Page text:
I have been fascinated with the quilted textiles made from old sarees and other clothes for many years. Each piece is special with a story to tell. After my first article about them, “Sujnis: Recycling Clothing into Quilts in India,”, I continued to collect sujni pieces and even worked with artisans to create a quilted piece from my mother's sarees.
This piece stands out because of its design. Sujnis in general are rich in motifs: animals, birds, amphibians, human figures, or florals. It is very rare to see one that has only geometric motifs. This piece seems to have been made as an asana, or cushion to sit on the floor. It uses the typical stitches of sujni quilting, using running stitches and a combination of chain and stem stitches to complete the designs.
A Motif of Memory
What attracted me to the piece was the way the design reminded me of kolams made by my late mother, Mrs. K. S. Jayalakshmy. Kolams, also known as rangoli, are floor decorations that women make daily outside their homes, especially in southern India. They are made from powdered rice flour, though on special occasions they can be further decorated with colors or flowers. The motifs patterns are also used to decorate walls.
This sujni reminded me in particular of a kolam design called Hridaya kamalam, a form of lotus design for the Goddess Lakshmi, that is made for worship every Friday. I had thought it was a form of mandala design. Priti, a Madhubani artist with whom I have worked closely for a long time, identified this pattern as kamalda, or lotus.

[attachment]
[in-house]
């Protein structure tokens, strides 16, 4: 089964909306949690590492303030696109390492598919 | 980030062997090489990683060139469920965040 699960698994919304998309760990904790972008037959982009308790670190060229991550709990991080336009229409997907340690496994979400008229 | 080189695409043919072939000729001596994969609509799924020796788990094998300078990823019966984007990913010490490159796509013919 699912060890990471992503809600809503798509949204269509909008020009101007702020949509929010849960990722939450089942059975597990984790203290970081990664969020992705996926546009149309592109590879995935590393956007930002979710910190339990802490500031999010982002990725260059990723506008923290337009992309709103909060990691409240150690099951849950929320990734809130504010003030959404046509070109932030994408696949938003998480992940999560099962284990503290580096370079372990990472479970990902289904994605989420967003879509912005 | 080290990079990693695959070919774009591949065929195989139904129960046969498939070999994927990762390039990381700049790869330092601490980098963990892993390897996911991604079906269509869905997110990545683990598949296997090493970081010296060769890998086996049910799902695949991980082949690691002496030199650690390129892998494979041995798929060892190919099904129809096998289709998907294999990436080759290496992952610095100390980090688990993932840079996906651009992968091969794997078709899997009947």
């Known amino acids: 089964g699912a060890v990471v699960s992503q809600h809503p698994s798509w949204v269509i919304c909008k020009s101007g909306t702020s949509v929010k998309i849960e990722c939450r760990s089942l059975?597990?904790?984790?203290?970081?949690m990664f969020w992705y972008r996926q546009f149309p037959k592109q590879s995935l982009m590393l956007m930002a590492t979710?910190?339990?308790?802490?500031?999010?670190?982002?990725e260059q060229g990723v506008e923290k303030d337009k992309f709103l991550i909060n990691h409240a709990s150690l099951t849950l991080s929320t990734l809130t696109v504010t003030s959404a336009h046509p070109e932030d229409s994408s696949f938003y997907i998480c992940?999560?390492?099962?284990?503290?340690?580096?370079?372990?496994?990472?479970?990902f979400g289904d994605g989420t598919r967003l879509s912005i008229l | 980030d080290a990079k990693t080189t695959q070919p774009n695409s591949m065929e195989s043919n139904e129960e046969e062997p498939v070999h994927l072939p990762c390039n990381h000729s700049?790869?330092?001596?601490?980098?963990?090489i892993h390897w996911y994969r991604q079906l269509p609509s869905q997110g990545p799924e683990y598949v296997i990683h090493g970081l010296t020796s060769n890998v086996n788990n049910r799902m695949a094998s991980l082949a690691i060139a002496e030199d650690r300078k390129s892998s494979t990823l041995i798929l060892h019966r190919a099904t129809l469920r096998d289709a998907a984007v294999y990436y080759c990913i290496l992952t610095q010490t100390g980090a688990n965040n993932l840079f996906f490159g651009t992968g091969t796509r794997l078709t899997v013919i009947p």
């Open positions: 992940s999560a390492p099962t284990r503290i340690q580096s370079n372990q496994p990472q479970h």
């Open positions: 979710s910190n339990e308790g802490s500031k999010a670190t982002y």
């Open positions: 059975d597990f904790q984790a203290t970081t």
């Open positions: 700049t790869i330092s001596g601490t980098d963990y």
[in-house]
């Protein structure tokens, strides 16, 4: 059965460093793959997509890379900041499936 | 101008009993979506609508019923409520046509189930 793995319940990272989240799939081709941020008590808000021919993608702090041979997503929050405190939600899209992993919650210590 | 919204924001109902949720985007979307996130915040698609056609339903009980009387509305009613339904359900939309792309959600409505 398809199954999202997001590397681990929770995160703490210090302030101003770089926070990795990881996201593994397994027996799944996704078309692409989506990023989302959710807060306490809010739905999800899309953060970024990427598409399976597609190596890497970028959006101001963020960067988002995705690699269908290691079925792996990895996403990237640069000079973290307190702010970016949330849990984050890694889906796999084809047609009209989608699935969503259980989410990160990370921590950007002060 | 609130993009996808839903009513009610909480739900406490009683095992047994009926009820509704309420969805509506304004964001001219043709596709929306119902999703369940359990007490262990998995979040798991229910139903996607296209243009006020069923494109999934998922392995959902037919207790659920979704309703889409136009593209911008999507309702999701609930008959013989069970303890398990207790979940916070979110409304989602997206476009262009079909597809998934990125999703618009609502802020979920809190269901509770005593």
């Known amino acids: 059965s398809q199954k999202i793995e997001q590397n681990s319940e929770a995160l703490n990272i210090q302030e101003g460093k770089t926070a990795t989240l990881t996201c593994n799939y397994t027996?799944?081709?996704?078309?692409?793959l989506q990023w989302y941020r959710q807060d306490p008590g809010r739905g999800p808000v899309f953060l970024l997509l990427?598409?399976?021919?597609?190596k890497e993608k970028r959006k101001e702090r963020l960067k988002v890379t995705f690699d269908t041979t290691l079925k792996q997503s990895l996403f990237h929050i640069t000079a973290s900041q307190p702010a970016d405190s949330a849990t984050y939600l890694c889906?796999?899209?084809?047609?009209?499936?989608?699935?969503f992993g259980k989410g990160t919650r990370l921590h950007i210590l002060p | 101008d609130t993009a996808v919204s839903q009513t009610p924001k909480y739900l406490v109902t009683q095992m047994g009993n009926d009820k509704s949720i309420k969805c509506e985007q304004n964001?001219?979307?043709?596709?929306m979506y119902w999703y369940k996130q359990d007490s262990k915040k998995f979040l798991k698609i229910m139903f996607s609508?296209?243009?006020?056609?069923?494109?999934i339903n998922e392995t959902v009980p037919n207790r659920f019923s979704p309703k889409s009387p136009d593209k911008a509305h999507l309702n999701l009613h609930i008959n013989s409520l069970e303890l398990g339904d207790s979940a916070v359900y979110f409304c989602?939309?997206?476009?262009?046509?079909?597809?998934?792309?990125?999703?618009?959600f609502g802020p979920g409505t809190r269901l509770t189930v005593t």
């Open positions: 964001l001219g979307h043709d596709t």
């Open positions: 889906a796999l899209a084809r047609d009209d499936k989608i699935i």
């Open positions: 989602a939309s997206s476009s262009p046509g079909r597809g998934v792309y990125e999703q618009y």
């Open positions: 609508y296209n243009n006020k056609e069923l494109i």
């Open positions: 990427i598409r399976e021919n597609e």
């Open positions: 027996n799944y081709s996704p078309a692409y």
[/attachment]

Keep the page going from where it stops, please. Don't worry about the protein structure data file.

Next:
This sujni has a truncated version of the design; the actual pattern is larger and would have lotus petals surrounded by flowers, birds, and so on. Kamalda is an auspicious symbol of Goddess Lakshmi, who sits atop the lotus. It also symbolizes Lord Vishnu. This design was made on the floor or walls and during weddings. The groom’s family sends 5 paintings to the bride’s home, one of which was the kamalda.
It seems the maker liked the Kamalda and simply worked a smaller version on the sujni. The lady I bought it from would not reveal who made it. She had apparently brought someone else’s piece for sale, as what she had made seemed very different. That is what makes this textile journey interesting—trying to figure out or guess the whys and hows of the making.
Chitra Balasubramaniam writes, collects, and experiments with textiles, and follows her passions by writing about food, travel, and heritage. She dabbles with stock-investment analysis and research. She also runs a small travel guide at visitors2delhi.com. Find her on Instagram as @visitors2delhi.